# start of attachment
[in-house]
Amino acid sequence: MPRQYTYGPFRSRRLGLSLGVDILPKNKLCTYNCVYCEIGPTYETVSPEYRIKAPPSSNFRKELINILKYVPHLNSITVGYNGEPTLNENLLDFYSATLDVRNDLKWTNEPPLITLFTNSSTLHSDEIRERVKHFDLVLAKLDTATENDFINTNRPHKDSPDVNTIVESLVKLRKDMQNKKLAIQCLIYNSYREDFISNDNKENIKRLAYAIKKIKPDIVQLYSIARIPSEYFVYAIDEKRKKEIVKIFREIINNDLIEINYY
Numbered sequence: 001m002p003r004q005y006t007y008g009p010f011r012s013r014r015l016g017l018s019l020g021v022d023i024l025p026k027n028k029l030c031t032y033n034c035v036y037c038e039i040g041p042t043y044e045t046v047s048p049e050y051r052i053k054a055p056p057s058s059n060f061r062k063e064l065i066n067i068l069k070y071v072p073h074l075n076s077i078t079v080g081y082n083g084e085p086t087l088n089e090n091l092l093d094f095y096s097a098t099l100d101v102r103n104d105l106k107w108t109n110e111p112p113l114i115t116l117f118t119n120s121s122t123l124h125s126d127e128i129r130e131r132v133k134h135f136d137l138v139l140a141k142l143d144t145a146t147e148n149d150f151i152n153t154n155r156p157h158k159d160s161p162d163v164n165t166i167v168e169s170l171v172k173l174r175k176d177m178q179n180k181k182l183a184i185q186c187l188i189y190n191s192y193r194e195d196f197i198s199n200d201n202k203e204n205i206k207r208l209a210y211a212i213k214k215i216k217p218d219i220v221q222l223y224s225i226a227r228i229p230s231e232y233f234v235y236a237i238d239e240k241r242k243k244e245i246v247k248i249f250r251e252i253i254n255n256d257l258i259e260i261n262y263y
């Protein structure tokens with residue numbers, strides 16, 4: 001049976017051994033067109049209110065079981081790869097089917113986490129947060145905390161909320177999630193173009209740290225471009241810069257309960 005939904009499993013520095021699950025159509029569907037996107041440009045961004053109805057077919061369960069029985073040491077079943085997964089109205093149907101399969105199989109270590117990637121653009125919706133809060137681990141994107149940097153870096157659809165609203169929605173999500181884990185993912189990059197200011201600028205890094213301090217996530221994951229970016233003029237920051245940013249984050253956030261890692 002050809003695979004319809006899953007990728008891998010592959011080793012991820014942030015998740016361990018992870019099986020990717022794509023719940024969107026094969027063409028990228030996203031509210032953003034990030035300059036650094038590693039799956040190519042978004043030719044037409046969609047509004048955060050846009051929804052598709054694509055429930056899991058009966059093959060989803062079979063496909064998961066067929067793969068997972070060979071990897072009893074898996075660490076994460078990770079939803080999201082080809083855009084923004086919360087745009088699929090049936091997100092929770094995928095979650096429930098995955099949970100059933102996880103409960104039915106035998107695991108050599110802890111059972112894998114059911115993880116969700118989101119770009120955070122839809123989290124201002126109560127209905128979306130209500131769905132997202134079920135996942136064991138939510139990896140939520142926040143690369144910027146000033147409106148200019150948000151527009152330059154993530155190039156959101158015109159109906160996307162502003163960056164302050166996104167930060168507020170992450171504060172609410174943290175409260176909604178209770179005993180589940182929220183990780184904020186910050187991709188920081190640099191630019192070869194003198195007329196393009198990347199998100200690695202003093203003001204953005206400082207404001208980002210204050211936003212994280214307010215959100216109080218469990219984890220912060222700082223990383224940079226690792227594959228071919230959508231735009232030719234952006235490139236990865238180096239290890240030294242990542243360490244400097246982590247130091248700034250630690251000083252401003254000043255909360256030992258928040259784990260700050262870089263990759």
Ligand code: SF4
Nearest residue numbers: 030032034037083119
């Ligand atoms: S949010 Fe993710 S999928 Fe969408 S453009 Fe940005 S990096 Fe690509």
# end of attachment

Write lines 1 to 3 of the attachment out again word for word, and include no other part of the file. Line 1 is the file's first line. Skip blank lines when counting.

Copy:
[in-house]
Amino acid sequence: MPRQYTYGPFRSRRLGLSLGVDILPKNKLCTYNCVYCEIGPTYETVSPEYRIKAPPSSNFRKELINILKYVPHLNSITVGYNGEPTLNENLLDFYSATLDVRNDLKWTNEPPLITLFTNSSTLHSDEIRERVKHFDLVLAKLDTATENDFINTNRPHKDSPDVNTIVESLVKLRKDMQNKKLAIQCLIYNSYREDFISNDNKENIKRLAYAIKKIKPDIVQLYSIARIPSEYFVYAIDEKRKKEIVKIFREIINNDLIEINYY
Numbered sequence: 001m002p003r004q005y006t007y008g009p010f011r012s013r014r015l016g017l018s019l020g021v022d023i024l025p026k027n028k029l030c031t032y033n034c035v036y037c038e039i040g041p042t043y044e045t046v047s048p049e050y051r052i053k054a055p056p057s058s059n060f061r062k063e064l065i066n067i068l069k070y071v072p073h074l075n076s077i078t079v080g081y082n083g084e085p086t087l088n089e090n091l092l093d094f095y096s097a098t099l100d101v102r103n104d105l106k107w108t109n110e111p112p113l114i115t116l117f118t119n120s121s122t123l124h125s126d127e128i129r130e131r132v133k134h135f136d137l138v139l140a141k142l143d144t145a146t147e148n149d150f151i152n153t154n155r156p157h158k159d160s161p162d163v164n165t166i167v168e169s170l171v172k173l174r175k176d177m178q179n180k181k182l183a184i185q186c187l188i189y190n191s192y193r194e195d196f197i198s199n200d201n202k203e204n205i206k207r208l209a210y211a212i213k214k215i216k217p218d219i220v221q222l223y224s225i226a227r228i229p230s231e232y233f234v235y236a237i238d239e240k241r242k243k244e245i246v247k248i249f250r251e252i253i254n255n256d257l258i259e260i261n262y263y